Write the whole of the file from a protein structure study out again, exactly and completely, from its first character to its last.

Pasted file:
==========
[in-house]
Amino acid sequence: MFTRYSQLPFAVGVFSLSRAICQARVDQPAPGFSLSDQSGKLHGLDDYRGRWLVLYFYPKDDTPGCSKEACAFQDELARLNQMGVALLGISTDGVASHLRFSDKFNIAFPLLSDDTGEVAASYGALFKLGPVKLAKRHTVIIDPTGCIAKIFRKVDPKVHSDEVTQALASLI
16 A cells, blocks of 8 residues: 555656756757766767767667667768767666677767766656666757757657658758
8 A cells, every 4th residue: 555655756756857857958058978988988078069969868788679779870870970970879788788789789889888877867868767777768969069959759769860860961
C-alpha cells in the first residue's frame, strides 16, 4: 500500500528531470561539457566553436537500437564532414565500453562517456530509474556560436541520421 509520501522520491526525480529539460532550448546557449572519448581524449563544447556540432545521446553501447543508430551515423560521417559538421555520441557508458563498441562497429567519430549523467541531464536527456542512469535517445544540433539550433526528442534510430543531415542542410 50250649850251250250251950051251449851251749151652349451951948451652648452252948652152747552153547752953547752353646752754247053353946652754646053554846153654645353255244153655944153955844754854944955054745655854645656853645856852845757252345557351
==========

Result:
[in-house]
Amino acid sequence: MFTRYSQLPFAVGVFSLSRAICQARVDQPAPGFSLSDQSGKLHGLDDYRGRWLVLYFYPKDDTPGCSKEACAFQDELARLNQMGVALLGISTDGVASHLRFSDKFNIAFPLLSDDTGEVAASYGALFKLGPVKLAKRHTVIIDPTGCIAKIFRKVDPKVHSDEVTQALASLI
16 A cells, blocks of 8 residues: 555656756757766767767667667768767666677767766656666757757657658758
8 A cells, every 4th residue: 555655756756857857958058978988988078069969868788679779870870970970879788788789789889888877867868767777768969069959759769860860961
C-alpha cells in the first residue's frame, strides 16, 4: 500500500528531470561539457566553436537500437564532414565500453562517456530509474556560436541520421 509520501522520491526525480529539460532550448546557449572519448581524449563544447556540432545521446553501447543508430551515423560521417559538421555520441557508458563498441562497429567519430549523467541531464536527456542512469535517445544540433539550433526528442534510430543531415542542410 50250649850251250250251950051251449851251749151652349451951948451652648452252948652152747552153547752953547752353646752754247053353946652754646053554846153654645353255244153655944153955844754854944955054745655854645656853645856852845757252345557351